Maple Syrup Weekends Celebrate Michigan’s Oldest & Sweetest Spring Agricultural Activity

Each spring, as the days get longer and the temperatures begin to rise, Michiganders head out into the woods to take part in the state’s oldest agricultural activity…tapping maple trees for sap to be turned into mouth-watering maple syrup, candies and other sweet treats.

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Digital Treasure Hunting

As a freelance writer and author, I spend a great deal of my time doing historical online research. To be honest, it is this part of the process that I think I enjoy the most. It’s like a treasure hunt for information – to prove or refute details that tell one story, or another.

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Hugh Matthews Survived Civil War POW Camp, Returning to Work & Raise His Family

Throughout the pages of the recently-released historical novel The Penny by Michigan author Stewert James, readers find intertwined storylines that bring generations of families and friends together during often difficult times. One of the more compelling stories, one that warrants a more in-depth look, is Hugh Matthews – James’ great-great-grandfather.

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Boss Ladies

Childhood dreams do come true. Just ask Janet (Noyes) Carrington, a seventh-generation resident of the Les Cheneaux Islands in Michigan’s Upper Peninsula. She was just eight years old in the late 1950s when she first laid eyes on the luxury 42-foot wooden yacht named Boss, docked at E.J. Mertaugh Boat Works in Hessel. It was love at first sight. She admired its sleek lines, rich mahogany color and unique character, and promised herself that someday Boss would be hers.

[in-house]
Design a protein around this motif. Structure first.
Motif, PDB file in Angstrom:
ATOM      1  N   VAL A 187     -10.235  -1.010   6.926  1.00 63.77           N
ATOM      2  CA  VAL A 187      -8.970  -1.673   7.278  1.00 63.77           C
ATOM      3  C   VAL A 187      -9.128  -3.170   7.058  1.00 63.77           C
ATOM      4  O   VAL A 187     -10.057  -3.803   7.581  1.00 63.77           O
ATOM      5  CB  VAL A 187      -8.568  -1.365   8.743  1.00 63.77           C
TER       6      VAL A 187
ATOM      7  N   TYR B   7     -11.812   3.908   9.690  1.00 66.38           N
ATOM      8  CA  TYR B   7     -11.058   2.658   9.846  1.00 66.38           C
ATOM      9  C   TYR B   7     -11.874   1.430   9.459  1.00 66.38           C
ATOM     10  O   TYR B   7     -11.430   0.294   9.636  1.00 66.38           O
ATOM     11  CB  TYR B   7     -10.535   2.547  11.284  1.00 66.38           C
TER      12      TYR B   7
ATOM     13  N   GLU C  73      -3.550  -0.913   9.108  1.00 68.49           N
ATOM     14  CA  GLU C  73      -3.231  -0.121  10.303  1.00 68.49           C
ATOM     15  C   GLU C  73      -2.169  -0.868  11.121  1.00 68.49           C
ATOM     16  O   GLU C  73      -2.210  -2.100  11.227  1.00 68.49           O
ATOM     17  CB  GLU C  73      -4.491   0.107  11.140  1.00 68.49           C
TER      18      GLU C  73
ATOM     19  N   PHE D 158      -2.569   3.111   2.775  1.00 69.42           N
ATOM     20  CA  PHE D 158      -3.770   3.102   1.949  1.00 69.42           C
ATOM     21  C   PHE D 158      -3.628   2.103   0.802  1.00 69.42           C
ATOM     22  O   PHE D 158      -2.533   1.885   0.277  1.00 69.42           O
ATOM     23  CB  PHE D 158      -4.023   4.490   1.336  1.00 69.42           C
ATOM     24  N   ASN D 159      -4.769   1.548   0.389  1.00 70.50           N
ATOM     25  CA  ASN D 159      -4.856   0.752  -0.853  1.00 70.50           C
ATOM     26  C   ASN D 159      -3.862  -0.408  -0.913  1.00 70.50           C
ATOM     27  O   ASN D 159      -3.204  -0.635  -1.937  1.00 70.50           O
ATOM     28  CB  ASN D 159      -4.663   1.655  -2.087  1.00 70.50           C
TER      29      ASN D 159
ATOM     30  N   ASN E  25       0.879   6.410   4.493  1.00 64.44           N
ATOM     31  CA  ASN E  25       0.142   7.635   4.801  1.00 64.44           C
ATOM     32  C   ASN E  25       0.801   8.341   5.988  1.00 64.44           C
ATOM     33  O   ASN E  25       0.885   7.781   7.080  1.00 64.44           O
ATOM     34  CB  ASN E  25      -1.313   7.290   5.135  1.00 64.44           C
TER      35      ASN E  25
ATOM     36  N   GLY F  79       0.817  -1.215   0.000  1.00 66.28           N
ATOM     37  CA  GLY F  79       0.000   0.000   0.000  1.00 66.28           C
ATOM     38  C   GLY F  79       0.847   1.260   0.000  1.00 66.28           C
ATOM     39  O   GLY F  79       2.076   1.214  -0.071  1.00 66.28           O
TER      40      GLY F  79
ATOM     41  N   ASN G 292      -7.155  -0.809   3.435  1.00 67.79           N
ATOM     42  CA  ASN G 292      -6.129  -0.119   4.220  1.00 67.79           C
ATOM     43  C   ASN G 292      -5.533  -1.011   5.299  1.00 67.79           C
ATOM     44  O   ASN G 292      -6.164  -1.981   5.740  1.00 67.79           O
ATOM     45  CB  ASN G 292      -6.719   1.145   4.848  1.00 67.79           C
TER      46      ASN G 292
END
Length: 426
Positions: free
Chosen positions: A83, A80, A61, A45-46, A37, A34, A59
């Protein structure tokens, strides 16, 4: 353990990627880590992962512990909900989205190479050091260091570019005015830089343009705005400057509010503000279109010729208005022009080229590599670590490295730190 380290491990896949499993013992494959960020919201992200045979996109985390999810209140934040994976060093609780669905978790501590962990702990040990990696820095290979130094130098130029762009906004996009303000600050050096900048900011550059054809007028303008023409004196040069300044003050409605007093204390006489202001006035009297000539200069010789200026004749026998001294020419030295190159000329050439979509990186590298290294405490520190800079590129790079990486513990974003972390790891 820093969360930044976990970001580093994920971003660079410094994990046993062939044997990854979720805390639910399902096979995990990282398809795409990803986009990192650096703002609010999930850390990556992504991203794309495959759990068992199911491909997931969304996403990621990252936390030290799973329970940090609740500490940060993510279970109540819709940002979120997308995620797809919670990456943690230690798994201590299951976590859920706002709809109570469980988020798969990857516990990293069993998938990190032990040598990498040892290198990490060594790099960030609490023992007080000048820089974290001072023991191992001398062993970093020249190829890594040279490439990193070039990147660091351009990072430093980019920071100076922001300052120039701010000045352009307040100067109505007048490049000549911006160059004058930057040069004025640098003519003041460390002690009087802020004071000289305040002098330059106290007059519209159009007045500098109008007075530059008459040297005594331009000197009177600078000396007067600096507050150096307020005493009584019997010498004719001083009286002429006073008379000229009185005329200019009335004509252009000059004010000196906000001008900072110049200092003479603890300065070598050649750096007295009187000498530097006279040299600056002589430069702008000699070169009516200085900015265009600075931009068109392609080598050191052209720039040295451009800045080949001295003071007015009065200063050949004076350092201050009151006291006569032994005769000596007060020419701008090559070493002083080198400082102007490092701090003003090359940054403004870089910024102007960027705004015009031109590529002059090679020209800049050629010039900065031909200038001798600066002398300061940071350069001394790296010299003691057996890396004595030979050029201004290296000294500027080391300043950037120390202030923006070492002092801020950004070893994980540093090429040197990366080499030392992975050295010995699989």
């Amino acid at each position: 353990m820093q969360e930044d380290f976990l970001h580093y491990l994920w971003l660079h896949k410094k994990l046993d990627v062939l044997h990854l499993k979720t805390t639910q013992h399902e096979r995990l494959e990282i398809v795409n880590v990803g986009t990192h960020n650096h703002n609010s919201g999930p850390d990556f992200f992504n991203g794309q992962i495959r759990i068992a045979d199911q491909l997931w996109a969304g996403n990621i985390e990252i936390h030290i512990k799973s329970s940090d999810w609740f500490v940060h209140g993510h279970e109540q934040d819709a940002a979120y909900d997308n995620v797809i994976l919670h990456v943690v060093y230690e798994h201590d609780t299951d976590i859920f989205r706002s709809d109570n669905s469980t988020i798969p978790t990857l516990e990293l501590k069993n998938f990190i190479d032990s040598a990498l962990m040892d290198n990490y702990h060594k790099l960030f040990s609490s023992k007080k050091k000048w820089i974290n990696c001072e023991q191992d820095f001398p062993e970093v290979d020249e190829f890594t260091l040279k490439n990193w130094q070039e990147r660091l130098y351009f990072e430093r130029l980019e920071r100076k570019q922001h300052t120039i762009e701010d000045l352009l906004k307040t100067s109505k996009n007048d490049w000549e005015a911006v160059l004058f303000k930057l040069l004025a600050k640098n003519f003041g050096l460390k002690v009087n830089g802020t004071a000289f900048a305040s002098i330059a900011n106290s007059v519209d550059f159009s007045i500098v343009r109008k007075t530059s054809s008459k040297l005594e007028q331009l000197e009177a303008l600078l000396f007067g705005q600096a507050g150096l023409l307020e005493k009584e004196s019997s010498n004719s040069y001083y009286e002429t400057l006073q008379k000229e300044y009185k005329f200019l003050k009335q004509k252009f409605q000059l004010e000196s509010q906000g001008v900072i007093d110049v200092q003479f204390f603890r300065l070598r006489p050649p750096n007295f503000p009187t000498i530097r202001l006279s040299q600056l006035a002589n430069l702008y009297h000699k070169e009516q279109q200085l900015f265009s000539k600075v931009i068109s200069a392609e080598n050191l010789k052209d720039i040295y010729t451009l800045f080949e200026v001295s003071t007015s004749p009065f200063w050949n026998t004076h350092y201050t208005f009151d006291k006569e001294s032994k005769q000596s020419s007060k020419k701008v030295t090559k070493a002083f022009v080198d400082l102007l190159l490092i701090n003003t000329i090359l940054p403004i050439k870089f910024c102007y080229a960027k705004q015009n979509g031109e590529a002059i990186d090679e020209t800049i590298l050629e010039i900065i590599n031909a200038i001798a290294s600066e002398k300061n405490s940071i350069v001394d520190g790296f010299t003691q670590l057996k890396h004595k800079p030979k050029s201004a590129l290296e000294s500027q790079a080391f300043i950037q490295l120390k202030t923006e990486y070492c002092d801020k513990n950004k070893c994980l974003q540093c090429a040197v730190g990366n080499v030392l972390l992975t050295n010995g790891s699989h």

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Bridges to Michigan’s Past

If your interest in covered bridges dates back to the 1995 film “The Bridges of Madison County” with Clint Eastwood and Meryl Streep, you’re not alone! It was shortly after seeing that romantic drama that I began researching Michigan’s historic covered bridges – of which just few still exist. Over the past 12 months or so, I made a point to visit a couple of these bridges that I had yet to see for myself (in person). It renewed my interest in these beautifully rustic structures and I am reworking my presentation of the same name to add to my portfolio and am even looking at publishing a book in the future with The History Press.

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FAREWELL TO BACHELORHOOD: Ernest Hemingway’s Wedding in Northern Michigan

It should come as no surprise that Ernest Hemingway chose northern Michigan as the setting for his first wedding. This rural countryside was his first real love, so it was fitting that he and his muse would begin their marriage alongside the towering trees and flowing rivers which shaped his life. This year – September 3 – marks the 100th anniversary of the marriage between Hemingway (at the time, a life-long summer resident on Walloon Lake) and Hadley Richardson.

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The Mysterious Family Tree of Hannah Lincoln Sammis of Montague, Michigan

Earlier this summer, while speaking at the Montague Library in Muskegon County, I learned about one of the community’s most noted former residents – Hannah Lincoln Sammis – who was said to be a cousin of President Abraham Lincoln. The sign at the Sammis Cemetery in Montague Township, erected in 1977, even notes this designation while the City of Montague website states “President Abraham Lincoln’s first cousin, Hanna (sic) Lincoln Sammis, is buried in a little cemetery on the north side of Eilers Road, between Besser Court and Cook Street (in Montague Township).”

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